In Remission?

“Some people confuse acceptance with apathy, but there's all the difference in the world. Apathy fails to distinguish between what can and what cannot be helped; acceptance makes that distinction. Apathy paralyzes the will-to-action; acceptance frees it by relieving it of impossible burdens.” – Arthur Gordon

I recently expressed concern to my therapist that I seem to care less and less about the absence of my daughter from my life.

Is this normal? Is this good? Is this healing? Avoidance? Or might it be, as Cedar suggests in a related post comment, dissociation?

I will admit it bothers me. I fear that my lack of chronic pain will result in a lack of feeling completely. It is often said that the opposite of love is not hate but apathy. Have I become apathetic? Is that possible?  If you are not agonizing over the absence of your child nor enjoying a relationship with them, what are you?

My therapist tells me I am being ridiculous (well, he did not use those words but that is what I took away from it). He asked me if I really truly felt it was possible for a mother NOT to care about her child. Of course I don't.

He asked me to reflect on the many years I have worried about her – even before I knew where she was, how she was and what she was now called.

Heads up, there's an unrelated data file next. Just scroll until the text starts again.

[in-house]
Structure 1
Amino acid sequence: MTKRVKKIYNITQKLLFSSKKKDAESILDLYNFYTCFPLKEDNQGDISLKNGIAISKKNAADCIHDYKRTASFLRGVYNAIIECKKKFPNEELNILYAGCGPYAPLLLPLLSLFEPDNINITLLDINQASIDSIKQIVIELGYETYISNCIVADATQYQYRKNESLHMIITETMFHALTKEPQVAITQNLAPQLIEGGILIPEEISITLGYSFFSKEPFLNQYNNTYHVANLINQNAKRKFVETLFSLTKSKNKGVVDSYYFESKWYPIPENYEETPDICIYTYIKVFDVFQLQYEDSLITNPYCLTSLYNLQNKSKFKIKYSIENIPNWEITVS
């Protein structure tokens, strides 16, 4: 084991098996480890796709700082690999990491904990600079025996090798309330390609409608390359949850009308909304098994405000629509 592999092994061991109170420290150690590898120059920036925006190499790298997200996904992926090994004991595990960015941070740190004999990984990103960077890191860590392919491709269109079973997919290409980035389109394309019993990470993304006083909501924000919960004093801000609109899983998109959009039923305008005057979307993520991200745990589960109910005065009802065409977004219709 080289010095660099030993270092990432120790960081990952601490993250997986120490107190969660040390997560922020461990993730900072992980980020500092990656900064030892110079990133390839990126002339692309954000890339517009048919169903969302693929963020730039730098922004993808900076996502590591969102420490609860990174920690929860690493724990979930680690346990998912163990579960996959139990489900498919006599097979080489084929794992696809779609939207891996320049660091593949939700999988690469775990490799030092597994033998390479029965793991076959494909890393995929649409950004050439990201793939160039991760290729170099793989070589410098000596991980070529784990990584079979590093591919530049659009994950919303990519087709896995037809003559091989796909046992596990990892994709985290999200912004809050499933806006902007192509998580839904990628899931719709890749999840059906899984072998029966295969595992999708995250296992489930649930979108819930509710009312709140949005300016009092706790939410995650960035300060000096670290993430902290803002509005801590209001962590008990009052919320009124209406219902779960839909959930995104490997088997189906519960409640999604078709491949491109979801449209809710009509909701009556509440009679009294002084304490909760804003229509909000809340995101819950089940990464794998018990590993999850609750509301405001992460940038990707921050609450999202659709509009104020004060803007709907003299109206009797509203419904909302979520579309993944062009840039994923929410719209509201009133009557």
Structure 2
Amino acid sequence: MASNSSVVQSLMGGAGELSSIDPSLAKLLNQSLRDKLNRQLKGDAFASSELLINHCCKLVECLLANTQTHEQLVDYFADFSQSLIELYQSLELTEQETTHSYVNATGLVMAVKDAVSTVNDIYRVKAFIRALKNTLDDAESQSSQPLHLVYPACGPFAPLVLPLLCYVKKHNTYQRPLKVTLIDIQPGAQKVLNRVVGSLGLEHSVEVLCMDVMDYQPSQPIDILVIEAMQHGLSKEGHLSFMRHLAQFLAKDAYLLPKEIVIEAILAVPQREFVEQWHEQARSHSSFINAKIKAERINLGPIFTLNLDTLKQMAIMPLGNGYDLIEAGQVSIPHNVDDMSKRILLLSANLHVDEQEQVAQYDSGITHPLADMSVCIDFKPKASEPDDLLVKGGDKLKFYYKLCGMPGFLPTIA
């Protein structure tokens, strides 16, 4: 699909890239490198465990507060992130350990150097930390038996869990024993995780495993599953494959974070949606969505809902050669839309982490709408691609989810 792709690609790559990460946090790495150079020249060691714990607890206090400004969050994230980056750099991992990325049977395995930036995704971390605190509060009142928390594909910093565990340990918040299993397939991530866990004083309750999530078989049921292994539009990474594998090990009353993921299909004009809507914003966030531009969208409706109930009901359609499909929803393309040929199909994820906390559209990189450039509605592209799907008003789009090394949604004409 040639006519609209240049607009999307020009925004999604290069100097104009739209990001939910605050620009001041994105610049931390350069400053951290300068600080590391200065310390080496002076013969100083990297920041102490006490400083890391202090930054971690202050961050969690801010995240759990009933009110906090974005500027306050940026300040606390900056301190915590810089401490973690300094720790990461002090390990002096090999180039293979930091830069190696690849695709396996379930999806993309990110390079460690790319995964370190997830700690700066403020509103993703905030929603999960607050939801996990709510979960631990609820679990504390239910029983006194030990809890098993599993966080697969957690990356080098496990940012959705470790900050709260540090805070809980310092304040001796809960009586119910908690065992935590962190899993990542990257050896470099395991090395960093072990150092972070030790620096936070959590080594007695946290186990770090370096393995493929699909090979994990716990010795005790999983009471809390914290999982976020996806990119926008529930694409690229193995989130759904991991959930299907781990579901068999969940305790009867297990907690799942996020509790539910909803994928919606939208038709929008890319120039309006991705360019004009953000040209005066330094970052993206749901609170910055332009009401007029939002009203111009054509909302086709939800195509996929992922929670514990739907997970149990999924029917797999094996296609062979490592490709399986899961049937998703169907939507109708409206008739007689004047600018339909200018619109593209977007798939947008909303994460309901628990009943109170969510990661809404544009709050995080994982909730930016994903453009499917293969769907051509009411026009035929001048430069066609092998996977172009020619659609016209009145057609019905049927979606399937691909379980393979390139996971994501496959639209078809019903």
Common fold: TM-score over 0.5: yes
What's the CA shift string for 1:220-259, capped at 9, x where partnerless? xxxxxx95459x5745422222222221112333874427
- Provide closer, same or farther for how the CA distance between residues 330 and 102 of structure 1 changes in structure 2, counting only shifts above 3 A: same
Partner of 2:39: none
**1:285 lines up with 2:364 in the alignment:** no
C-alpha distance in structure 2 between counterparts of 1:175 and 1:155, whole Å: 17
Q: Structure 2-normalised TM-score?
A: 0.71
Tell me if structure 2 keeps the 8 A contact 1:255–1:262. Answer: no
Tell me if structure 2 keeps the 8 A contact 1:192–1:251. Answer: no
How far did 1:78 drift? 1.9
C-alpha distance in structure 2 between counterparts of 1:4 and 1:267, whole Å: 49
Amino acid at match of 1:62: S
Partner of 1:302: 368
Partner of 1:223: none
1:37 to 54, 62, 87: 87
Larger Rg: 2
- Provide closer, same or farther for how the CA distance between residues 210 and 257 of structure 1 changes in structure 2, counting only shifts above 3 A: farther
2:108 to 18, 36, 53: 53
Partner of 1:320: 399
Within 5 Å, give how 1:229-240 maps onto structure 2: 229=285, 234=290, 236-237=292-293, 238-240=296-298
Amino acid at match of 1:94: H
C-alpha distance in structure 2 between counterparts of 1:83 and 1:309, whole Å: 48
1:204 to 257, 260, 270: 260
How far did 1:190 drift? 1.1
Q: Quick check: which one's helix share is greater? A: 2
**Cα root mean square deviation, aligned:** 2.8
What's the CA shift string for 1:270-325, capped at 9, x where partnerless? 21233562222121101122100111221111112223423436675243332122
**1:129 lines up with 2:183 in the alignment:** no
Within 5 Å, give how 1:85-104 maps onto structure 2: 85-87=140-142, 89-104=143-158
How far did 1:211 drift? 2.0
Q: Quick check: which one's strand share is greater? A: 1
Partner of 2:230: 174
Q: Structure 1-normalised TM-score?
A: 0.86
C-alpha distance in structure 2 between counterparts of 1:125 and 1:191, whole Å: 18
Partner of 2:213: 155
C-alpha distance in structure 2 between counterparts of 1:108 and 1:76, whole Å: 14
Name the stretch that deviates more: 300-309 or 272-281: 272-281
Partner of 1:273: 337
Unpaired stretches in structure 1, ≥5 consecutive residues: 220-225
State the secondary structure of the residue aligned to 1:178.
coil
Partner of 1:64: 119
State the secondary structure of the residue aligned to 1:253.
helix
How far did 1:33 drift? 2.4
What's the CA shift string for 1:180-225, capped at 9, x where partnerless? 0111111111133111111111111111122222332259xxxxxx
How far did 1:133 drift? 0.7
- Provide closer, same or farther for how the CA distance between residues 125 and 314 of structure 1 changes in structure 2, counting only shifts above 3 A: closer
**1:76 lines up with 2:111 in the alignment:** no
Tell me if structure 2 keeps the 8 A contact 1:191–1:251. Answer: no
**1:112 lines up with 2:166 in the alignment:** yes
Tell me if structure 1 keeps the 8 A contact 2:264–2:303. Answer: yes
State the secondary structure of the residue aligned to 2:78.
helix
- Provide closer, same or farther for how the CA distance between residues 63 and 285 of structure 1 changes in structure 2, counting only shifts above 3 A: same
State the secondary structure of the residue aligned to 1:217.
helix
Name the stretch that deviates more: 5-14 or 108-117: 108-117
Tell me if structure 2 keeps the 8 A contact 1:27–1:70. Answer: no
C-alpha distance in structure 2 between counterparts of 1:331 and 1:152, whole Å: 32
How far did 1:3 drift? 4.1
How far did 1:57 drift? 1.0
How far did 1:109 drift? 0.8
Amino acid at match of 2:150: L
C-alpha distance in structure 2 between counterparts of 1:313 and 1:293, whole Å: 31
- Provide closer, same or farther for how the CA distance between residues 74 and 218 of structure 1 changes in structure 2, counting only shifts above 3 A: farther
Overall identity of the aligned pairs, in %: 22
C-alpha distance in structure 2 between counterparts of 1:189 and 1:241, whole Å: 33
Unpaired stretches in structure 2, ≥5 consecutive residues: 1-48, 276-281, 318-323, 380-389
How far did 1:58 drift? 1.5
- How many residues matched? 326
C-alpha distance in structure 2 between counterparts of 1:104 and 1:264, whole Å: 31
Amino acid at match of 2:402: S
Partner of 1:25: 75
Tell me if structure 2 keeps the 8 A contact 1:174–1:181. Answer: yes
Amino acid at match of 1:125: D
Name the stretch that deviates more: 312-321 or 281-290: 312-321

I got his point – sort of.

Yet I still worry. I had so much love in my heart when I first found her. So much excitement. I had a huge desire to run to her and meet her and smell her and hear her laugh. I frantically, regularly checked out her myspace, her flickr, her facebook when it was public. These days I have forgotten the URLs of many of them.

Is this good, bad or neither?  Is this a new normal? Am I caring less because I am hurting less? Does a lack of hurt equate to a lack of love? Is my therapy, my self work, contributing to this? Or is it that as I approach the fourth year in reunion with a daughter that I have not met or spoken to since the third day of her birth, I have finally found a way to live peacefully without her?

Have I accepted what is?

Is this healing?

Adoption trauma remission?

And what does the future hold? If the day should come that she chooses to meet me, does the pain start again ? Will I be lackadaisical or something else entirely?

Craving an Ounce of Something

People will do anything, no matter how absurd, to avoid facing their own soul.
– Carl Jung (1875 – 1961)

I think alot about mothers who have rejected their children upon reunion. I often wonder what they think when they are doing that.  Did they always know they would refuse contact or is it a knee jerk reaction upon being found that they later don't know how to get out of and go back on? I wonder if they spend as much time thinking about their children they avoid as I do thinking about the daughter who avoids me.

Are they able to truly erase the memory of their child from their minds or do they get intermittent flashes and panic attacks like I do on a regular basis? What are they afraid will happen to them if they accept contact with their child that has found them? Will they be shamed again? Sent away again? Perhaps be at risk of suicide? Will the pain of reunion be so crippling for them that they cannot function and must be prescribed medication? Do they fear divorce?